Being foreign

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Being foreign is a revelatory experience, but not all travelers are able to return home.

Last week my section of Cathay Pacific flight 882 from Hong Kong to Los Angeles was full of refugees from Myanmar, a nervous group of 39 men, women and children bundled up in winter coats, each clutching a plastic bag emblazoned with the logo of the International Organization for Migration.

During the long flight, the man next to me – an ethnic Chin – struggled with his in-flight entertainment system. Finally, he got a movie to play – a Beverly Hills 90210 sort of film, featuring wide-eyed blonds flirting with country club pool-boys and shopping on Rodeo Drive.

Fractured clouds

Watching the man watch an idealized vision of America as we cruised over the Aleutians, I thought about the the transition he would face adapting to life in the real America. How would he reconcile the gaps between expectations and reality?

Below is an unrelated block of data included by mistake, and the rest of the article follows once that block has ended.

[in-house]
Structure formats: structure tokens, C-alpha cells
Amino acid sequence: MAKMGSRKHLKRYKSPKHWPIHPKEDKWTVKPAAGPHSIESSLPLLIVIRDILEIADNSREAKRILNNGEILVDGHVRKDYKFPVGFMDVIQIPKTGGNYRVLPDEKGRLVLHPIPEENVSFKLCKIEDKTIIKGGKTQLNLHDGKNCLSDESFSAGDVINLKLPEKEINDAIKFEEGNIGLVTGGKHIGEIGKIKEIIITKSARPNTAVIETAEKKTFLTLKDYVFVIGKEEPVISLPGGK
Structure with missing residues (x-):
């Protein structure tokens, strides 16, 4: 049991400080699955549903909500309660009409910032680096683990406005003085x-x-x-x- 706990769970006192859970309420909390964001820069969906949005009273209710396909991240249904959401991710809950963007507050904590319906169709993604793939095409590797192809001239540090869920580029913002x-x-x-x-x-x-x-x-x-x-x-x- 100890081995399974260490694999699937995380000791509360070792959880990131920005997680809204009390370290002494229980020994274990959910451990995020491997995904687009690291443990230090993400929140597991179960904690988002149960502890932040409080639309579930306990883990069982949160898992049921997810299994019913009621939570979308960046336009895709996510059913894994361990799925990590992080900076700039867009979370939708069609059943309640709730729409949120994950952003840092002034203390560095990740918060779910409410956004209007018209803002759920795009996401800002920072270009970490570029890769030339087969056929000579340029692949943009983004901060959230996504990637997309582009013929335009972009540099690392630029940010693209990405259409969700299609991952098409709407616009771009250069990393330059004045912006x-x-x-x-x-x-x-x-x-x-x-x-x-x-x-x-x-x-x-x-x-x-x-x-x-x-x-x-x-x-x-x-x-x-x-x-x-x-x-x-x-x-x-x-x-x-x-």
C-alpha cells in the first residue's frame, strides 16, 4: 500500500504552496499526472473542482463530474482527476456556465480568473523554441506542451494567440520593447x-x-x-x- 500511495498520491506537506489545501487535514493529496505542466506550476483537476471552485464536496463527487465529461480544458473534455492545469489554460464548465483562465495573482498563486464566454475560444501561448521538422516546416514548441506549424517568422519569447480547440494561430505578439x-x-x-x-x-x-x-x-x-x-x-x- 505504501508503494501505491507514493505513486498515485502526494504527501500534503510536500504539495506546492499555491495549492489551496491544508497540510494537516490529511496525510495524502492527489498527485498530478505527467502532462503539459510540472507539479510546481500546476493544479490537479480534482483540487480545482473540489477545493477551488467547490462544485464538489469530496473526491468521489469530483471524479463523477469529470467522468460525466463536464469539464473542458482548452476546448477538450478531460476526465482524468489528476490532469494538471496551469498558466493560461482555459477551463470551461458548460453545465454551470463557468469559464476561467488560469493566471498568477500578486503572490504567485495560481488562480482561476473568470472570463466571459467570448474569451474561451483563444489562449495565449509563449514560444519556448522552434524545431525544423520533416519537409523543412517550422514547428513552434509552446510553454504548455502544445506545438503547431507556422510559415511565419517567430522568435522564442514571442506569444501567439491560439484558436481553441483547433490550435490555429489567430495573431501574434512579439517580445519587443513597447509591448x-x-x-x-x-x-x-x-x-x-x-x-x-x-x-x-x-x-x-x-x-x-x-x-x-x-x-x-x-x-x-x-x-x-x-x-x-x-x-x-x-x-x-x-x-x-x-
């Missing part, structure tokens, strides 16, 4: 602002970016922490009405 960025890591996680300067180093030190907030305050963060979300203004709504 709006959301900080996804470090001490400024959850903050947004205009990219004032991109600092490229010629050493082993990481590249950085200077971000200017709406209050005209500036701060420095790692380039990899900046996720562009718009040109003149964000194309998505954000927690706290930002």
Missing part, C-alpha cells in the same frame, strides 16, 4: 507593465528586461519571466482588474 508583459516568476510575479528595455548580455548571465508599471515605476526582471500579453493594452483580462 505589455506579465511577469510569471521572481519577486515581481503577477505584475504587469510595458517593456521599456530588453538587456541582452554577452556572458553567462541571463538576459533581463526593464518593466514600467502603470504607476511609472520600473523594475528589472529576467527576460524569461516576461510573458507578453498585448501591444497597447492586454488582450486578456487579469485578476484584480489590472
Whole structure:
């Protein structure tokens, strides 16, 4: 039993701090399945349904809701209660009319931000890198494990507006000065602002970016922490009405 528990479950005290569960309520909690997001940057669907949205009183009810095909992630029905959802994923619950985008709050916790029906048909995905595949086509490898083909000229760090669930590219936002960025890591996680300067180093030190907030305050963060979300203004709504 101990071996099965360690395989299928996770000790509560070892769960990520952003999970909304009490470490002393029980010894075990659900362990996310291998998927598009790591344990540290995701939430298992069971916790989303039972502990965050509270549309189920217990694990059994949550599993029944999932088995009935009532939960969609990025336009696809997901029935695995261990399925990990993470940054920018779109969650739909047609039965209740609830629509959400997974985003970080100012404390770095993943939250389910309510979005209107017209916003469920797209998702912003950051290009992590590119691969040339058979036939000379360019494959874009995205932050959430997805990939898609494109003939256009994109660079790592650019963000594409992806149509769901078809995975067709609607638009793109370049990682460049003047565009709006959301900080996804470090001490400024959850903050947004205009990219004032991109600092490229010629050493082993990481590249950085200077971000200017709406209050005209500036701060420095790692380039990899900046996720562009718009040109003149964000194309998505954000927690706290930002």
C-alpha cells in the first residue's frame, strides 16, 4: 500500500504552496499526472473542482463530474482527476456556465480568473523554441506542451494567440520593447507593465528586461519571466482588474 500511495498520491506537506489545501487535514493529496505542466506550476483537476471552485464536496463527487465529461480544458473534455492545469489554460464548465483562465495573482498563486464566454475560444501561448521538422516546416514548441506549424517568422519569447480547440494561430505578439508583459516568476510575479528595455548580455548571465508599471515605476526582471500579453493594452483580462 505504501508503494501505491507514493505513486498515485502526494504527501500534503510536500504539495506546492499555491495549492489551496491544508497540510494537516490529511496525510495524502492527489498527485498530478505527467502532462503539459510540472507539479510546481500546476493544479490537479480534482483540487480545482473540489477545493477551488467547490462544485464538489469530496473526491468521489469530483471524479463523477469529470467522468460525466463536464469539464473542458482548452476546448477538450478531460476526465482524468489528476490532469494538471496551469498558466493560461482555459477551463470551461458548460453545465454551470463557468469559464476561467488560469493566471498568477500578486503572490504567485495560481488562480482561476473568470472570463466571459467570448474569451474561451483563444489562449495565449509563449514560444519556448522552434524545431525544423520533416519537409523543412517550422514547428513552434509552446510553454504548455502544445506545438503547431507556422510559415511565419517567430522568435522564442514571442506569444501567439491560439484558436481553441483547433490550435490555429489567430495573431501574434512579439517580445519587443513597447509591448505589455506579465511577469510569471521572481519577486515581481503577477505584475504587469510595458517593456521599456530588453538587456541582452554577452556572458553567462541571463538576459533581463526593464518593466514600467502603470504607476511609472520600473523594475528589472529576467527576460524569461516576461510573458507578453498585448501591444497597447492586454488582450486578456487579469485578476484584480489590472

He didn’t speak any English. He was going to the state of Washington.

No matter how well this particular Chin refugee dealt with the transition to life in America, he would have to adjust to being a foreigner in an unrelentingly foreign culture and environment.

The concept of ‘being foreign’ is central to the experience of travel, but mainstream travel media rarely seems to address it head on. The British magazine The Economist recently published a thoughtful meditation on being foreign. One line was especially resonant for me, as I thought about the refugees, exiles in a foreign land:

For the real exile, foreignness is not an adventure but a test of endurance.

We voluntary travelers are so fortunate, in so many ways.

Community Connection

For a look at the challenges the refugees overcame before getting on the plane to America, check out the article Waiting For Life to Begin in a Burmese Refugee Camp.

Clearly, refugees need a lot of support here in the States. Does anyone know how to help out? What nationalities are being resettled in your area? Please leave a comment below!



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